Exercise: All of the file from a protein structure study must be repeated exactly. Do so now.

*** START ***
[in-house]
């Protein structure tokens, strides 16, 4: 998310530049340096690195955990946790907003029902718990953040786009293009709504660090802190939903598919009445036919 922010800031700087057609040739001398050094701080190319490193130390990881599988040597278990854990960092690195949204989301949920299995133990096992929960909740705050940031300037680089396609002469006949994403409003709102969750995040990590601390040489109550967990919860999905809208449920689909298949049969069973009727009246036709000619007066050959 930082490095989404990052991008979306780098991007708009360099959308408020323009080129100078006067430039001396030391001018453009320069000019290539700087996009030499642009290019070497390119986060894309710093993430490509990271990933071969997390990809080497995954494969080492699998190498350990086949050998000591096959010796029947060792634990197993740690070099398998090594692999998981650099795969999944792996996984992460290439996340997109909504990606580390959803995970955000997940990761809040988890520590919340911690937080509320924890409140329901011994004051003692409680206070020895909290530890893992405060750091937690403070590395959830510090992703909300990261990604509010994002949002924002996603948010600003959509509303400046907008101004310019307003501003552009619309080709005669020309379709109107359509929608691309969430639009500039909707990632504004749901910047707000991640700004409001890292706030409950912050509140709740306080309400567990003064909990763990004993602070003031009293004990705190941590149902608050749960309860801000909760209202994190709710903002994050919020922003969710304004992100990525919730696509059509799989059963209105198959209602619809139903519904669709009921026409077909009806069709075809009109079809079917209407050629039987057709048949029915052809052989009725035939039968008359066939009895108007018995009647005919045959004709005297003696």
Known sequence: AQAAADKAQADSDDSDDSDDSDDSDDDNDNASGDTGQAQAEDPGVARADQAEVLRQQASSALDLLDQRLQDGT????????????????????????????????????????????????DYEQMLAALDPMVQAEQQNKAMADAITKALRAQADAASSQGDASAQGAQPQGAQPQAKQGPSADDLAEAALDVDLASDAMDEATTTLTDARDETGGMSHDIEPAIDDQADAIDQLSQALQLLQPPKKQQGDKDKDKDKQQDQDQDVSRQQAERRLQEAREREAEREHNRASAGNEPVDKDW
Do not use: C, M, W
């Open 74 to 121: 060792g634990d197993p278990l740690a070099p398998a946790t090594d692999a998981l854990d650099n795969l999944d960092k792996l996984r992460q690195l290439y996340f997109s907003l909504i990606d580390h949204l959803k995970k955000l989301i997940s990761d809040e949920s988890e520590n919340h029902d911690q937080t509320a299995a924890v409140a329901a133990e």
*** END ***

[in-house]
């Protein structure tokens, strides 16, 4: 998310530049340096690195955990946790907003029902718990953040786009293009709504660090802190939903598919009445036919 922010800031700087057609040739001398050094701080190319490193130390990881599988040597278990854990960092690195949204989301949920299995133990096992929960909740705050940031300037680089396609002469006949994403409003709102969750995040990590601390040489109550967990919860999905809208449920689909298949049969069973009727009246036709000619007066050959 930082490095989404990052991008979306780098991007708009360099959308408020323009080129100078006067430039001396030391001018453009320069000019290539700087996009030499642009290019070497390119986060894309710093993430490509990271990933071969997390990809080497995954494969080492699998190498350990086949050998000591096959010796029947060792634990197993740690070099398998090594692999998981650099795969999944792996996984992460290439996340997109909504990606580390959803995970955000997940990761809040988890520590919340911690937080509320924890409140329901011994004051003692409680206070020895909290530890893992405060750091937690403070590395959830510090992703909300990261990604509010994002949002924002996603948010600003959509509303400046907008101004310019307003501003552009619309080709005669020309379709109107359509929608691309969430639009500039909707990632504004749901910047707000991640700004409001890292706030409950912050509140709740306080309400567990003064909990763990004993602070003031009293004990705190941590149902608050749960309860801000909760209202994190709710903002994050919020922003969710304004992100990525919730696509059509799989059963209105198959209602619809139903519904669709009921026409077909009806069709075809009109079809079917209407050629039987057709048949029915052809052989009725035939039968008359066939009895108007018995009647005919045959004709005297003696």
Known sequence: AQAAADKAQADSDDSDDSDDSDDSDDDNDNASGDTGQAQAEDPGVARADQAEVLRQQASSALDLLDQRLQDGT????????????????????????????????????????????????DYEQMLAALDPMVQAEQQNKAMADAITKALRAQADAASSQGDASAQGAQPQGAQPQAKQGPSADDLAEAALDVDLASDAMDEATTTLTDARDETGGMSHDIEPAIDDQADAIDQLSQALQLLQPPKKQQGDKDKDKDKQQDQDQDVSRQQAERRLQEAREREAEREHNRASAGNEPVDKDW
Do not use: C, M, W
């Open 74 to 121: 060792g634990d197993p278990l740690a070099p398998a946790t090594d692999a998981l854990d650099n795969l999944d960092k792996l996984r992460q690195l290439y996340f997109s907003l909504i990606d580390h949204l959803k995970k955000l989301i997940s990761d809040e949920s988890e520590n919340h029902d911690q937080t509320a299995a924890v409140a329901a133990e």